The main draw of Switzerland for tourists has to be the absolutely stunning scenery offered by the Swiss Alps. In some places, they’re as green as they are snowcapped, with pastoral scenes of tranquility overseen by dramatic peaks and glaciers. Every world traveler we’ve talked to has either been there or plans to get there. But as common as it is for people to have the Swiss Alps on their bucket lists, there’s a lot people don’t know about the famous mountains. Here are five things you never knew about the Swiss Alps.

There Are Mummified Corpses All Over the Place

Credit: 35007/iStock

The danger of hiking in the Swiss Alps is not to be understated. That goes for hikers of any experience level and is evidenced by the sheer number of missing persons cases in and around the Swiss Alps. But with climate change, some of those cases are being resolved. The warming planet is exposing an increased number of bodies from long lost hikers. Recovered bodies include a Swiss couple missing for 75 years and a German citizen who’d gone missing in 1987. It’s a morbid mixed blessing, in that it’s traumatizing to find corpses in the ice, but the families of the victims finally get to know conclusively what happened to their loved ones. Swiss authorities also expect the discoveries to continue for the foreseeable future, so keep your eyes open while you’re there, both for bodies and so you don’t join them.

They Acted as a Huge Hospital During World War One

Credit: svanaerschot/iStock

Part of the benefit of being neutral during wartime is being in the unique position to do some international humanitarian good. For the Swiss during the First World War, that meant opening up mountain villages as hospitals and rehabilitation centers for the Entente and Central Powers. It was a solution endorsed by both sides and helped solve the problem of not having enough medical staff to oversee the massive human cost of the war. More specifically, it helped with the burden of caring for POWs. Most medical personnel were at or near the front, caring for their own soldiers. When POWs came pouring in, the manpower it would take to care for them simply couldn’t be spared. Instead, the Swiss opened mountain villages to the prisoners, accepting roughly 68,000 soldiers from both sides. It was a huge effort on their part, mostly done to prove the usefulness of international neutrality, especially in the way the Central Powers had violated Belgian neutrality at the beginning of the war.

They’re Dotted With Hidden Bunkers

Credit: danmi1/Shutterstock

But even if the Swiss are working overtime to prove the value of their neutrality, it’s not a guarantee that they’ll be able to stay out of conflict. That’s why they’ve made preparations for invasion and hidden them throughout the country, including in the mountains. There are inconspicuous cabins and houses all through the alpine region that look like cozy mountain homes and retreats, but actually contain heavily fortified artillery and machine gun positions. Even more impressive are the classified bunker networks, where a simple hatch in the ground or log cabin conceals an entrance to a sprawling network of underground fortifications, the size and scale of which haven’t been revealed to the general public.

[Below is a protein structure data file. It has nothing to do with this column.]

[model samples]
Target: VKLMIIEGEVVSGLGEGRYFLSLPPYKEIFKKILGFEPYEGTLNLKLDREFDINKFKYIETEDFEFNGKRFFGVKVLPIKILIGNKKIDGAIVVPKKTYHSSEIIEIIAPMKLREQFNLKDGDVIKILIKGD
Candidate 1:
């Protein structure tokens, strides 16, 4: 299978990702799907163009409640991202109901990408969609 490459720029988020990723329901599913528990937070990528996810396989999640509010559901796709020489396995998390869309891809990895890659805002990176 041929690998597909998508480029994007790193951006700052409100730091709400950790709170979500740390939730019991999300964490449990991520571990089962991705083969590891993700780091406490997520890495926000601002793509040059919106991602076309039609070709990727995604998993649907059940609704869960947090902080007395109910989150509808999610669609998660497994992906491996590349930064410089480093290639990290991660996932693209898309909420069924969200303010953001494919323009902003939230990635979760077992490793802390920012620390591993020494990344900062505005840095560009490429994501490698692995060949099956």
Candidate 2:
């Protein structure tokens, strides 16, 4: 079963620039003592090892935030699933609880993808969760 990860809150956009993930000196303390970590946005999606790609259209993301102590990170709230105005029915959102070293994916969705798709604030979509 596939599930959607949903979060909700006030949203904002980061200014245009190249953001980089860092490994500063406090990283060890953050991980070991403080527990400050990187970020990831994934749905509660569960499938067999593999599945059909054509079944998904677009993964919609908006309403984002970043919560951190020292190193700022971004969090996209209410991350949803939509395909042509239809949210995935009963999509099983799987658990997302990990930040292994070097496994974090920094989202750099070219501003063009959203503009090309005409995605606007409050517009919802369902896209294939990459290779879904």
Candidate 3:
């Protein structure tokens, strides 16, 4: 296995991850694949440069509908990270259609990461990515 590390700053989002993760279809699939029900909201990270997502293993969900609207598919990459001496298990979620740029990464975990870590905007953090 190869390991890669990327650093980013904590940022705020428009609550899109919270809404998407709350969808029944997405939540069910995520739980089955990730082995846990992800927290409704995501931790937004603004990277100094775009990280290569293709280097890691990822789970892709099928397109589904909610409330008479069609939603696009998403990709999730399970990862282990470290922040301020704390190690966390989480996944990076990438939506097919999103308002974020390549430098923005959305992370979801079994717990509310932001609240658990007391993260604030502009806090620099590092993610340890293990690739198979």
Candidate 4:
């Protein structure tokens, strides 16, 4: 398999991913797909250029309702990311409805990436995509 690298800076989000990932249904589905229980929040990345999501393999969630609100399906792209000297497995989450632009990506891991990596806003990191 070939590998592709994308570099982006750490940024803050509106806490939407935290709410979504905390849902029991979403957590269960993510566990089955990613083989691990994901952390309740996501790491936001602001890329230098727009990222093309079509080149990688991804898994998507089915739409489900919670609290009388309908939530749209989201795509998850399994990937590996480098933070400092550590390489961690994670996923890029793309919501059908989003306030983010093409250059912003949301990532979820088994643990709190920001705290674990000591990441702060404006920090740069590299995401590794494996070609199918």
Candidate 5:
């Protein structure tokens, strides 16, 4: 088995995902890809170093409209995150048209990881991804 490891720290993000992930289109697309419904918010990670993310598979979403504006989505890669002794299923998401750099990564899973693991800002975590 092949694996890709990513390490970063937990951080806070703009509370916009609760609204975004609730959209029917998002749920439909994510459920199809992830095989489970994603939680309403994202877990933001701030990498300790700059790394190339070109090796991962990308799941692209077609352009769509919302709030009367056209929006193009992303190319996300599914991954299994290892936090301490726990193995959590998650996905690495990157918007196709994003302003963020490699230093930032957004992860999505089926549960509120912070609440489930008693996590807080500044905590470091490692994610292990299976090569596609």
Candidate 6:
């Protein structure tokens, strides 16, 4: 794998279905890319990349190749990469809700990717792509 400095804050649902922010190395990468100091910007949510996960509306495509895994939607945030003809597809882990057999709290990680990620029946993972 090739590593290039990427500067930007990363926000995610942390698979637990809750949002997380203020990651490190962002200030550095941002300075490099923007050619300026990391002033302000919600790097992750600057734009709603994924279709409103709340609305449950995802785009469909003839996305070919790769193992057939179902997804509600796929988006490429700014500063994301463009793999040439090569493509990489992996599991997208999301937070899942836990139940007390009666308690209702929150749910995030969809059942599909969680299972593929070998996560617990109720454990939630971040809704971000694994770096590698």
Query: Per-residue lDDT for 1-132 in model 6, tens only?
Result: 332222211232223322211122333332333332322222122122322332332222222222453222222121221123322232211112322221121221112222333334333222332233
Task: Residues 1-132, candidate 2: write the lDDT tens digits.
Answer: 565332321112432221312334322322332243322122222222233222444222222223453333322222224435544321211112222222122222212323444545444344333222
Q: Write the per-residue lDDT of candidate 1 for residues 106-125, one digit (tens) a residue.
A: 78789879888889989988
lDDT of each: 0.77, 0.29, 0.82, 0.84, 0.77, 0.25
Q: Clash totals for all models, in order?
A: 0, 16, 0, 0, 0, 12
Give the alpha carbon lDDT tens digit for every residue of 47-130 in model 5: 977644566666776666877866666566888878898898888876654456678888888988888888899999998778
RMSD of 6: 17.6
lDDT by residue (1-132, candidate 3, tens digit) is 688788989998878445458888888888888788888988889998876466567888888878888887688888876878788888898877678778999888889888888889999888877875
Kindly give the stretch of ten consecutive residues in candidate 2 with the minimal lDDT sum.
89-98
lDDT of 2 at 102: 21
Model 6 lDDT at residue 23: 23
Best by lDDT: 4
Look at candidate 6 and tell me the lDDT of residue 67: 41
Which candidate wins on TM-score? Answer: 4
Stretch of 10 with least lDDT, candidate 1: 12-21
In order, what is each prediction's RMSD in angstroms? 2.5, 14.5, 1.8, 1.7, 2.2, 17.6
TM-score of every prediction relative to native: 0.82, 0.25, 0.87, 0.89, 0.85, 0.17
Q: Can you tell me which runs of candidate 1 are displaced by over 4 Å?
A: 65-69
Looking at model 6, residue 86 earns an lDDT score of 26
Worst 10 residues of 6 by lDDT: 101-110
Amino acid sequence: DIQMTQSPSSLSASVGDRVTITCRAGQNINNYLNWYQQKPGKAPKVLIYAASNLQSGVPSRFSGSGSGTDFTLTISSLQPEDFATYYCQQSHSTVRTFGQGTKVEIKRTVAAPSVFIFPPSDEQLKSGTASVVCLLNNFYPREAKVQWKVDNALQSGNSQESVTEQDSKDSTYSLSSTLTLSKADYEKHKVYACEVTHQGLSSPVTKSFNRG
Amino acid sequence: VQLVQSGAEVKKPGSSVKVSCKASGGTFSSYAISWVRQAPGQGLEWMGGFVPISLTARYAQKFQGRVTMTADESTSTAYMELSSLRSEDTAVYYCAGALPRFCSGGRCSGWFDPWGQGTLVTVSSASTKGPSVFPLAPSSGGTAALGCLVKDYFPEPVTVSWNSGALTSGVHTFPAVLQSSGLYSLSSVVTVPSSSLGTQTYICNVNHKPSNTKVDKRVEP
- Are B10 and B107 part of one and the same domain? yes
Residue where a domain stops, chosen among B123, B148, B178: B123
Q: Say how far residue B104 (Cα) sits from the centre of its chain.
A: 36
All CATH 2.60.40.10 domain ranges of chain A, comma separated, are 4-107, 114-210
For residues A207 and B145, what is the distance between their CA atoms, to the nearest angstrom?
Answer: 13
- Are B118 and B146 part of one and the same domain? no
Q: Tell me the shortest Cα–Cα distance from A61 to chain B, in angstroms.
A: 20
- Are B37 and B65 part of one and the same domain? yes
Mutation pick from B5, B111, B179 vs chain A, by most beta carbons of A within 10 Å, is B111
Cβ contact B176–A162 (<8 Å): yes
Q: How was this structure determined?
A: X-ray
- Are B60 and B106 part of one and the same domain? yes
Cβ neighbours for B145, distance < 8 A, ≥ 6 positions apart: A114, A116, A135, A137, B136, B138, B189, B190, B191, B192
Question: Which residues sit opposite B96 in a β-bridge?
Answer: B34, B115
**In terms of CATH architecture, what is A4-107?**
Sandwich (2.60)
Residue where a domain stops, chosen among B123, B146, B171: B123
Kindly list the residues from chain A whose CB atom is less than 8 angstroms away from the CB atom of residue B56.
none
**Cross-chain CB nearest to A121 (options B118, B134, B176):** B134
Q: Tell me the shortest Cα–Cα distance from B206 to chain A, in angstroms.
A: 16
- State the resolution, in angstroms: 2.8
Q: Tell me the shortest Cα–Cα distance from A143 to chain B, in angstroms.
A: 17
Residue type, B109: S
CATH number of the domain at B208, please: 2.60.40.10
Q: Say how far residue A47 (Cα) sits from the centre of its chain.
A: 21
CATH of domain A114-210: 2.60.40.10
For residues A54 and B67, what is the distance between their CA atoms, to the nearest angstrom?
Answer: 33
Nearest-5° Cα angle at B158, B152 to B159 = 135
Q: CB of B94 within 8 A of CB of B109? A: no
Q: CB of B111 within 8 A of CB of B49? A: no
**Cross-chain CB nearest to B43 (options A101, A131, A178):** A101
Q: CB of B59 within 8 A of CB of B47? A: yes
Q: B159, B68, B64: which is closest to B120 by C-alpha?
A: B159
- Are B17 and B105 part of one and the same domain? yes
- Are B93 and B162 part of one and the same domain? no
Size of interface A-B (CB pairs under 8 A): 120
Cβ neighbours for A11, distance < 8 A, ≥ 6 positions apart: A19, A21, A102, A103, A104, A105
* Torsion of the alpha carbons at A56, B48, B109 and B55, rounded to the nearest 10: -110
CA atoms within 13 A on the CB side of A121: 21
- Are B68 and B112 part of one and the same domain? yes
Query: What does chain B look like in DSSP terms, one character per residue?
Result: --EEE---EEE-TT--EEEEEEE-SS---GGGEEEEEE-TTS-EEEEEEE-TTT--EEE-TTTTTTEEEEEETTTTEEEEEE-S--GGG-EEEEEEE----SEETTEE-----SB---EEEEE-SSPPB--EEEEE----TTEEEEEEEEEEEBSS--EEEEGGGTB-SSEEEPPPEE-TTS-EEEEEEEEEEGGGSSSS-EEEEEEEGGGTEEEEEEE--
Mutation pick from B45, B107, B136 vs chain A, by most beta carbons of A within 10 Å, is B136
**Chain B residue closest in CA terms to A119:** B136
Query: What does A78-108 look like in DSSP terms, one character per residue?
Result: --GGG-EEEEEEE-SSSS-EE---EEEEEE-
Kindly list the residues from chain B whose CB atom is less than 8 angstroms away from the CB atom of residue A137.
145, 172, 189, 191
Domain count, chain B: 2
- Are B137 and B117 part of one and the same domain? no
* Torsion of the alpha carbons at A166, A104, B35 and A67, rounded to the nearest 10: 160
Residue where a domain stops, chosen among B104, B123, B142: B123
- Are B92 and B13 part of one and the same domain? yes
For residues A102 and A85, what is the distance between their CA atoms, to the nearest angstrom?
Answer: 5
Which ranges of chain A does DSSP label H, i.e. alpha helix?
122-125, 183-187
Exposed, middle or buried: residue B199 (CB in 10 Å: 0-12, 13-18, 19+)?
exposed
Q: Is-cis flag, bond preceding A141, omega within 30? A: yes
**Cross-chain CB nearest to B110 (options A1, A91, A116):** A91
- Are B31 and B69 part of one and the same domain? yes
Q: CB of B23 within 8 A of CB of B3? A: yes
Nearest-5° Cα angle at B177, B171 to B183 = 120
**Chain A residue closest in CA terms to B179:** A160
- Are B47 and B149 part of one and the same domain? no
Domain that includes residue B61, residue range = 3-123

They Have the Tallest Outdoor Elevator in Europe

Credit: gevision/Shutterstock

Let’s go a little lighter with the next entry, because the mountains haven’t only been used for war. Hammetschwand Elevator on Mt. Bürgenstock is the tallest outdoor elevator in Europe and carries passengers up a 500 foot shaft to Lake Lucerne, which sits approximately 3,700 feet above sea level. The elevator was originally built in 1905 out of wood and sheet metal and was a three-minute ride to the top. Today, it’s been completely rebuilt out of modern materials and a ride takes less than a minute, though apparently they took special care to retain the original’s rickety feel.

They’re Growing as Quickly as They’re Shrinking

Credit: VogelSP/iStock

That title might seem like a paradox, but there are some seriously powerful geological forces at work making it possible, which also means it’s going to get more confusing before it gets clearer. What we mean by that is, it’s actually the shrinking that causes the growth and enables the paradoxical. As glaciers, rivers and wind erode the tops of the mountains, activity in the mantle forces them up. It’s best explained by Professor Friedhelm von Blanckenburg from the GFZ German Research Centre for Geosciences. He says, “It is similar to an iceberg in the sea. If the top melts, the iceberg surfaces out of the water by almost the same share.” Remarkably simple stuff, even if it doesn’t seem like it at the beginning.